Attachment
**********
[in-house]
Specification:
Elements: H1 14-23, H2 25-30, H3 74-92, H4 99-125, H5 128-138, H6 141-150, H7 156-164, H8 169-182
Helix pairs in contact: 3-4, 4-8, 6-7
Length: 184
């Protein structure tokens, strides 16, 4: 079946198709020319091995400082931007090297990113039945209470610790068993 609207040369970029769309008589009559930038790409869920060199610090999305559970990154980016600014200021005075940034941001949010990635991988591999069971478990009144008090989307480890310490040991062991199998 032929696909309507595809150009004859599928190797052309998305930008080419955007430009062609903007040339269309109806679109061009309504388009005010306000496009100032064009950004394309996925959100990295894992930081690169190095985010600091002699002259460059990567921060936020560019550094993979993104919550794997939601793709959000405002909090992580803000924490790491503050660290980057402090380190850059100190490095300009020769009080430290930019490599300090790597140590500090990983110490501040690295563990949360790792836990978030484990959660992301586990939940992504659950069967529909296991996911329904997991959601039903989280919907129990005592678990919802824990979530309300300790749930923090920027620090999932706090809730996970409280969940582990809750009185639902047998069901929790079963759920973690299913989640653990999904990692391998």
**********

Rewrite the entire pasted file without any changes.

[in-house]
Specification:
Elements: H1 14-23, H2 25-30, H3 74-92, H4 99-125, H5 128-138, H6 141-150, H7 156-164, H8 169-182
Helix pairs in contact: 3-4, 4-8, 6-7
Length: 184
């Protein structure tokens, strides 16, 4: 079946198709020319091995400082931007090297990113039945209470610790068993 609207040369970029769309008589009559930038790409869920060199610090999305559970990154980016600014200021005075940034941001949010990635991988591999069971478990009144008090989307480890310490040991062991199998 032929696909309507595809150009004859599928190797052309998305930008080419955007430009062609903007040339269309109806679109061009309504388009005010306000496009100032064009950004394309996925959100990295894992930081690169190095985010600091002699002259460059990567921060936020560019550094993979993104919550794997939601793709959000405002909090992580803000924490790491503050660290980057402090380190850059100190490095300009020769009080430290930019490599300090790597140590500090990983110490501040690295563990949360790792836990978030484990959660992301586990939940992504659950069967529909296991996911329904997991959601039903989280919907129990005592678990919802824990979530309300300790749930923090920027620090999932706090809730996970409280969940582990809750009185639902047998069901929790079963759920973690299913989640653990999904990692391998």